Whistled Languages


Whistled languages are a form of communication used by many indigenous people around the world. The languages differs according to whether the spoken language is tonal or not, with the whistling being either tone or articulation based. Tonal languages are stripped of articulation, leaving only suprasegmental features such as duration and tone, and when whistled retain the spoken melodic line. In non-tonal languages, some of the articulatory features of speech are retained, though the normally timbral variations imparted by the movements of the tongue and soft palate are transformed into pitch variations.

Thus whistled languages convey phonemic information solely through tone, length, and, to a lesser extent, stress, and many phonemic distinctions of the spoken language are lost. All whistled languages share one basic characteristic: they function by varying the frequency of a simple wave-form as a function of time, generally with minimal dynamic variation, which is readily understandable since in most cases their only purpose is long-distance communication.

Languages communicated by whistling are relatively rare, but are known from around the world. One example is the Silbo on the island of La Gomera in the Canary Islands, which maintains Spanish's five vowels, but reduces its consonants down to four. Others exist or existed in all parts of the world including Turkey (Kuskoy "Village of the Birds"), France (the village of Aas in the Pyrenees), Mexico (the Zapotecs of Oaxaca), South America (Piraha), Asia (the Chepang of Nepal), and New Guinea. They are especially common and robust today in parts of West Africa, used widely in such populous languages as Yoruba and Ewe. Even French is whistled in some areas of western Africa.

In continental Africa, speech may be conveyed by a whistle or other musical instrument, most famously the "talking drums". However, while drums may be used by griots singing praise songs or for inter-village communication, and other instruments may be used on the radio for station identification jingles, for regular conversation at a distance whistled speech is used. As two people approach each other, one may even switch from whistled to spoken speech in mid-sentence.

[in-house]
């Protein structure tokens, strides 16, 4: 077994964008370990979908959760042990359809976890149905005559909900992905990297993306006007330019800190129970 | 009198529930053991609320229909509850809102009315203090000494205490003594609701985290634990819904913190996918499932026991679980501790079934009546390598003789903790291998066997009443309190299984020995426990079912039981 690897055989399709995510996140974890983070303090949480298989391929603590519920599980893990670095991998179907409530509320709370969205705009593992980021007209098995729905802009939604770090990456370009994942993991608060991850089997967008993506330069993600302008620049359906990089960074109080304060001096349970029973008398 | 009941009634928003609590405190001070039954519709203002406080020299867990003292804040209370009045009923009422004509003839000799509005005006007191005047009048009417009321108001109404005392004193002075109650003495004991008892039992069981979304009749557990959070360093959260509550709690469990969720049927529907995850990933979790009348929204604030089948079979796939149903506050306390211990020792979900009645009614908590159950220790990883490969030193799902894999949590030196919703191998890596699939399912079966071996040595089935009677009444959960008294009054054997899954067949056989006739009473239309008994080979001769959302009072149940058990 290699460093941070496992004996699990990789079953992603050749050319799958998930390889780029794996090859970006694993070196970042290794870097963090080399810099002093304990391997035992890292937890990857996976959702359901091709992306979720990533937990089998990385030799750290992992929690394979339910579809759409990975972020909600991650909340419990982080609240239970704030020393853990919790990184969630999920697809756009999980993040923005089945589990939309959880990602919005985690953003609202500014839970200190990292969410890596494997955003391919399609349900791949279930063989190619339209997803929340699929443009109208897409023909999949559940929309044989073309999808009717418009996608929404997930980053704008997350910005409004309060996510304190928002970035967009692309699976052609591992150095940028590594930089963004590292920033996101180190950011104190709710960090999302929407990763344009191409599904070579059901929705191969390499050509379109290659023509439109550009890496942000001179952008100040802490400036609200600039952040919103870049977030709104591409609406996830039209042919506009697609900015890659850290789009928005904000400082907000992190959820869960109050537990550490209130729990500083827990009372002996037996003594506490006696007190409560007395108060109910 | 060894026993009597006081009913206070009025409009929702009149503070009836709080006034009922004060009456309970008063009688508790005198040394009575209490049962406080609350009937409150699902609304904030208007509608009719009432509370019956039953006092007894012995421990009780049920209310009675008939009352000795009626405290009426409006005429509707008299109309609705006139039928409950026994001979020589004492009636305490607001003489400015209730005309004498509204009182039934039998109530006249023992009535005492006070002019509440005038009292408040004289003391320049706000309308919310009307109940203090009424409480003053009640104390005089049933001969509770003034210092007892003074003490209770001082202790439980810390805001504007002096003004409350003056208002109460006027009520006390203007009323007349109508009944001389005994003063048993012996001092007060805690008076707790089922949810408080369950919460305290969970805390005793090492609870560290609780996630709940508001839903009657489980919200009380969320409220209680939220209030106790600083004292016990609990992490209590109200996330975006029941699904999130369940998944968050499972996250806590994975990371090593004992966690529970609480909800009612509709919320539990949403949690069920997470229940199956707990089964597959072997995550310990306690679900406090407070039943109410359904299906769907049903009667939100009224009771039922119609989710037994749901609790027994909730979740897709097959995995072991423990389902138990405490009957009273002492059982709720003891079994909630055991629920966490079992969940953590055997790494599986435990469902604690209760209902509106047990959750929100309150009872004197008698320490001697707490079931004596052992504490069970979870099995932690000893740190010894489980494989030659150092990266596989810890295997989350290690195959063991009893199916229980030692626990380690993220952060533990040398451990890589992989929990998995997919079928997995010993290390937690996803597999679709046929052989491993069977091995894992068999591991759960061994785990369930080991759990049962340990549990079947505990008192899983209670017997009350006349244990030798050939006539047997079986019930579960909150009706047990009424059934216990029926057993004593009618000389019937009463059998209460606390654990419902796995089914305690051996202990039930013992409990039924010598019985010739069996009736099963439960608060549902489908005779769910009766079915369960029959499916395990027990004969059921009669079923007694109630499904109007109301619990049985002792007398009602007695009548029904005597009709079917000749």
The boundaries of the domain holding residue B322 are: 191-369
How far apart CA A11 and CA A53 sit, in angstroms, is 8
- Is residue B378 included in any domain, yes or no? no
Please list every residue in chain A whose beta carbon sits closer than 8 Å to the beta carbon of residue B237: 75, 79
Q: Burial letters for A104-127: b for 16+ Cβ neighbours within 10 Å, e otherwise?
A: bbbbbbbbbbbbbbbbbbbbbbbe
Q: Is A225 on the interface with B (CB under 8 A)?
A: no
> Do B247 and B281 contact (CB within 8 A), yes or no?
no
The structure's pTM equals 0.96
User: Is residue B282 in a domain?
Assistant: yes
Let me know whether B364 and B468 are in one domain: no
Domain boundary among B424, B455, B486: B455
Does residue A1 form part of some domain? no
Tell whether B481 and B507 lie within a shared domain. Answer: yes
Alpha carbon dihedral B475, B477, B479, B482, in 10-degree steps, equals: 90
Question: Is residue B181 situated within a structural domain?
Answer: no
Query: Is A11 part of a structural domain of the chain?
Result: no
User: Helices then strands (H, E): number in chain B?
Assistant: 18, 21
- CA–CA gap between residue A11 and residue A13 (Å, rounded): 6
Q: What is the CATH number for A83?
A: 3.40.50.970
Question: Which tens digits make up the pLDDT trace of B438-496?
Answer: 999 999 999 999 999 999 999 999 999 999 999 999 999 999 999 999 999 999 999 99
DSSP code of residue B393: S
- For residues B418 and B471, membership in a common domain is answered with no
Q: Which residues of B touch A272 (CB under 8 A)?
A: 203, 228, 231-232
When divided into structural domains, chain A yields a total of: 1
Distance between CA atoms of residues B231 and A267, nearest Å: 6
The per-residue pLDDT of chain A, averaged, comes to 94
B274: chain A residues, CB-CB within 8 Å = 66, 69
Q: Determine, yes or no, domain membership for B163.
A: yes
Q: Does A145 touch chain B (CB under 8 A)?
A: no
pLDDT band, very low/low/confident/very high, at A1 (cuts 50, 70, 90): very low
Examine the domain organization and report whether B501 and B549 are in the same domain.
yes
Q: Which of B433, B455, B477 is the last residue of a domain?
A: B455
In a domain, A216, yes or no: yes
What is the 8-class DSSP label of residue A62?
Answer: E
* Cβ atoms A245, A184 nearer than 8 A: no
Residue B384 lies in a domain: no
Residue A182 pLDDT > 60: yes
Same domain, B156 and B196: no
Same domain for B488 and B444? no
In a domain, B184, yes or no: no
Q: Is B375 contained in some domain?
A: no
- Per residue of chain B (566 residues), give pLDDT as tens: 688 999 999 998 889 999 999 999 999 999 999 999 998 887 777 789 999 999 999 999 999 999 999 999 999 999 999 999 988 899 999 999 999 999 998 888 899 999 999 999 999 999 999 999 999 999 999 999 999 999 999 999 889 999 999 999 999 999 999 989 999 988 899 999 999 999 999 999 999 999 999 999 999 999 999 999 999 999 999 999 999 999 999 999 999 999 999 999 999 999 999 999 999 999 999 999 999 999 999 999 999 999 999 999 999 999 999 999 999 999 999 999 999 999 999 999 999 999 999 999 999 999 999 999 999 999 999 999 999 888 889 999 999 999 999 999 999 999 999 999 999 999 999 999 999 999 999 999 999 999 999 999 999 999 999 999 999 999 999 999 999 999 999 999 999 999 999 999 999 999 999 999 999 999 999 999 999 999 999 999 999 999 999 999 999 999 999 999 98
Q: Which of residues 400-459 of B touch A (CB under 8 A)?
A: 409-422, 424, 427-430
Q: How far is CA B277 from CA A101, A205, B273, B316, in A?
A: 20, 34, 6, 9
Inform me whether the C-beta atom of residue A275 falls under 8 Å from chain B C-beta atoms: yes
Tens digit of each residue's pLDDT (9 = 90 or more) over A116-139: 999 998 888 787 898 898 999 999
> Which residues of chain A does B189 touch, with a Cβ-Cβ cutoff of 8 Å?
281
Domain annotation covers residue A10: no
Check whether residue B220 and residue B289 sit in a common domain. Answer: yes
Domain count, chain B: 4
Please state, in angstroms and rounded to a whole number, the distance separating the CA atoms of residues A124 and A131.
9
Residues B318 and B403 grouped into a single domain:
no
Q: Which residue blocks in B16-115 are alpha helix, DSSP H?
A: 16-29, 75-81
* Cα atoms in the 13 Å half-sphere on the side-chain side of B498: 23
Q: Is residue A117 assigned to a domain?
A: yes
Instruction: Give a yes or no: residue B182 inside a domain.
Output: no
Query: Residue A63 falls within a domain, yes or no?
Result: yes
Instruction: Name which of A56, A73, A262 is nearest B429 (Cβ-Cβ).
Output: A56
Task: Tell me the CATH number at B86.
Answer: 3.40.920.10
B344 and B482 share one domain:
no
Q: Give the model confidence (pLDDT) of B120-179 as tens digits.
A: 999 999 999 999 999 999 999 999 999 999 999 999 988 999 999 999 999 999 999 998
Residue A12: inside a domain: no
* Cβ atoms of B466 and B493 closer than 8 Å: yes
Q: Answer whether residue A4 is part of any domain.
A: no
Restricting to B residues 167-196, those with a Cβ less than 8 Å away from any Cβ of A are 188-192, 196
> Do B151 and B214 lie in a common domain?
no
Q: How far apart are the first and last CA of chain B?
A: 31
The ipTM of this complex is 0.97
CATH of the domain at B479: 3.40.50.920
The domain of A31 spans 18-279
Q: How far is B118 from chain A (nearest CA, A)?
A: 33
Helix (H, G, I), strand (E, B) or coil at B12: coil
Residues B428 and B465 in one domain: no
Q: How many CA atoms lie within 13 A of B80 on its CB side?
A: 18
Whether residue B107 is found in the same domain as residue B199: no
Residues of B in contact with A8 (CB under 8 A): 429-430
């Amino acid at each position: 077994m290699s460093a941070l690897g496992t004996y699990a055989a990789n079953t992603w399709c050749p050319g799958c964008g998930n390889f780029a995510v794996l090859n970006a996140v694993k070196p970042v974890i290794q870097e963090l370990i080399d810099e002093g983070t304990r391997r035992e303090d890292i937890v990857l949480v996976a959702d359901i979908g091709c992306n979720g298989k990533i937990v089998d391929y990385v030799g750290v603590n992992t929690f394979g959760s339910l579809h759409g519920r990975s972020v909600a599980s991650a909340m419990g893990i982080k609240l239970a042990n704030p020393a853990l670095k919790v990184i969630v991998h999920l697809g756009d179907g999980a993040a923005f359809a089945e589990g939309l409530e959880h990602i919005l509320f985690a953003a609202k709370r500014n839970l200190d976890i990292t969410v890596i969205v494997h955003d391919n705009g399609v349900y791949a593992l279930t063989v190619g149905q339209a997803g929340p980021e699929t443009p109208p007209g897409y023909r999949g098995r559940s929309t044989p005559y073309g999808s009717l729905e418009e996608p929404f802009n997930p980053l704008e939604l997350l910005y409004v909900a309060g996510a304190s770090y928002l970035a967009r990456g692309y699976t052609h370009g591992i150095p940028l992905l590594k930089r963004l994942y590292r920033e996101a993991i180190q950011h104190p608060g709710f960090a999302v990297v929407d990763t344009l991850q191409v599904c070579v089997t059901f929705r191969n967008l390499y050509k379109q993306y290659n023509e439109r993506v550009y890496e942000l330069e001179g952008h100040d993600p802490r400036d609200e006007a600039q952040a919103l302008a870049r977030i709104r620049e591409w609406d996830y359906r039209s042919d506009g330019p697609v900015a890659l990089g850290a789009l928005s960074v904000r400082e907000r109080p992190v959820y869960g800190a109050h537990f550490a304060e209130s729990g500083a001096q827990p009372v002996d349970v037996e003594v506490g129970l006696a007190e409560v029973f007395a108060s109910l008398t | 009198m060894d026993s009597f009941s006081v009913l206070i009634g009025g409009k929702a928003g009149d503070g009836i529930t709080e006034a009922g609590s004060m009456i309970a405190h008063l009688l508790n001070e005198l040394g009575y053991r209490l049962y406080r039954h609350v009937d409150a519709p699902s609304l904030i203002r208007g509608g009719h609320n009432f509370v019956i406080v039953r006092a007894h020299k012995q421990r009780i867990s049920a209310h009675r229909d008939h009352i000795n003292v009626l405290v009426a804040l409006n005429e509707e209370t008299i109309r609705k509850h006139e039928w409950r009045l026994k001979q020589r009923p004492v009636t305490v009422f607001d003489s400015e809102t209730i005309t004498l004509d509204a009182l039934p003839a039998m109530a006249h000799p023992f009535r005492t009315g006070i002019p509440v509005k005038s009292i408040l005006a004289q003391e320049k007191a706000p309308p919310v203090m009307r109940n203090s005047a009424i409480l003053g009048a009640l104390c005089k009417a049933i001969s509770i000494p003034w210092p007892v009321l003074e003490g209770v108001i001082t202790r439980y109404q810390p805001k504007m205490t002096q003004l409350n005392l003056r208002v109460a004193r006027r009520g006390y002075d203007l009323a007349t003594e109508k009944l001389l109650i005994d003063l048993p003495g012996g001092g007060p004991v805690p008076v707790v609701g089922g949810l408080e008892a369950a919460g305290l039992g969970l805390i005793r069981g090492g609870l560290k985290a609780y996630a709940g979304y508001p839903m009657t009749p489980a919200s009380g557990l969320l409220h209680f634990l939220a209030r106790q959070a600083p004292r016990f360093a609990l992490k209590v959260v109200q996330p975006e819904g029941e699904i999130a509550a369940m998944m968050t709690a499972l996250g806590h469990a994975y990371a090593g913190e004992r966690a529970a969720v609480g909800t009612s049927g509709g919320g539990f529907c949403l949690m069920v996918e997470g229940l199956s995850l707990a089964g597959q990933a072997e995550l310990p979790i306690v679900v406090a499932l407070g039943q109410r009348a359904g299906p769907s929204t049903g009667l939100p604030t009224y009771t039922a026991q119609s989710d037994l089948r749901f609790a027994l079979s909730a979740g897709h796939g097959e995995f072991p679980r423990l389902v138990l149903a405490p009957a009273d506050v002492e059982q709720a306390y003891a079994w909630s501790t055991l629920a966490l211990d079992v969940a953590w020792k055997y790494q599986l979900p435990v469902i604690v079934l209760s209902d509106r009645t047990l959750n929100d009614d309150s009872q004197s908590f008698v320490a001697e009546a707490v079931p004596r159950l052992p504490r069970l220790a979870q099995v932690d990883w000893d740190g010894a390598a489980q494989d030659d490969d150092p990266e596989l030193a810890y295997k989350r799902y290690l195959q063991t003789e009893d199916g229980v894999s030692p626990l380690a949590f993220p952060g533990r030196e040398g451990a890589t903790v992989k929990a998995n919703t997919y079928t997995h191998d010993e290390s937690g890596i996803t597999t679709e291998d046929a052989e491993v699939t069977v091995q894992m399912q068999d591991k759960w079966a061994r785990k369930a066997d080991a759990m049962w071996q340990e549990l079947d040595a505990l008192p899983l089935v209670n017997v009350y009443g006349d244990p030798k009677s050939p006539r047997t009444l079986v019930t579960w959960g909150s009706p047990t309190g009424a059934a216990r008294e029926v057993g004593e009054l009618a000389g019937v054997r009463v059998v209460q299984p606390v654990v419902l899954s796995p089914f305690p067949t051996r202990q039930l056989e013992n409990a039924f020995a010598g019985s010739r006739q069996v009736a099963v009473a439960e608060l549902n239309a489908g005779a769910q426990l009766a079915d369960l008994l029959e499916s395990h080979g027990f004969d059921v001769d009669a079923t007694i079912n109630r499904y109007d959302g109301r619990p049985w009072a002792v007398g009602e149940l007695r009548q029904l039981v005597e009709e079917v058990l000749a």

In the Greek village of Antia, the entire population knows how to whistle their speech, and whistled conversations are also carried on at close range.

As the expressivity of whistled speech is limited compared to spoken speech, whistled messages typically consist of stereotyped or otherwise standardized or set expressions, are elaborately descriptive, and often have to be repeated.

However, in languages which are heavily tonal, and therefore convey much of their information through pitch even when spoken, such as Mazatec and Yoruba, extensive conversations may be whistled.

In Africa and indigenous Mexican communities, whistled language is used only by men.

Whistled languages are normally found and used in locations with abrupt relief created by difficult mountainous terrain, slow or difficult communication (no telephones), low population density and/or scattered settlements, and other isolating features such as sheepherding and cultivation of hillsides.

The main advantage of whistling speech is that it allows the speaker to cover much larger distances (typically 1–2 km but up to 5 km) than ordinary speech, and this is assisted by the relief found in areas where whistled languages are used. In practice, many areas with such languages work hard to preserve their ancient traditions, in the face of rapidly advancing telecommunications systems in many areas.

A whistled tone is essentially a simple oscillation (or sine wave), and thus timbral variations are impossible. Normal articulation during an ordinary lip-whistle is relatively easy though the lips move little causing a constant of labialization and making labial and labiodental consonants (p, b, m, f, etc.) impossible.

Apart from the five vowel-phonemes - and even these do not invariably have a fixed or steady pitch - all whistled speech-sound realizations are glides which are interpreted in terms of range, contour, and steepness.

In a non-tonal language, segments may be differentiated as follows:

In the case of Silbo Gomero, such strategies produce five vowels and four consonants.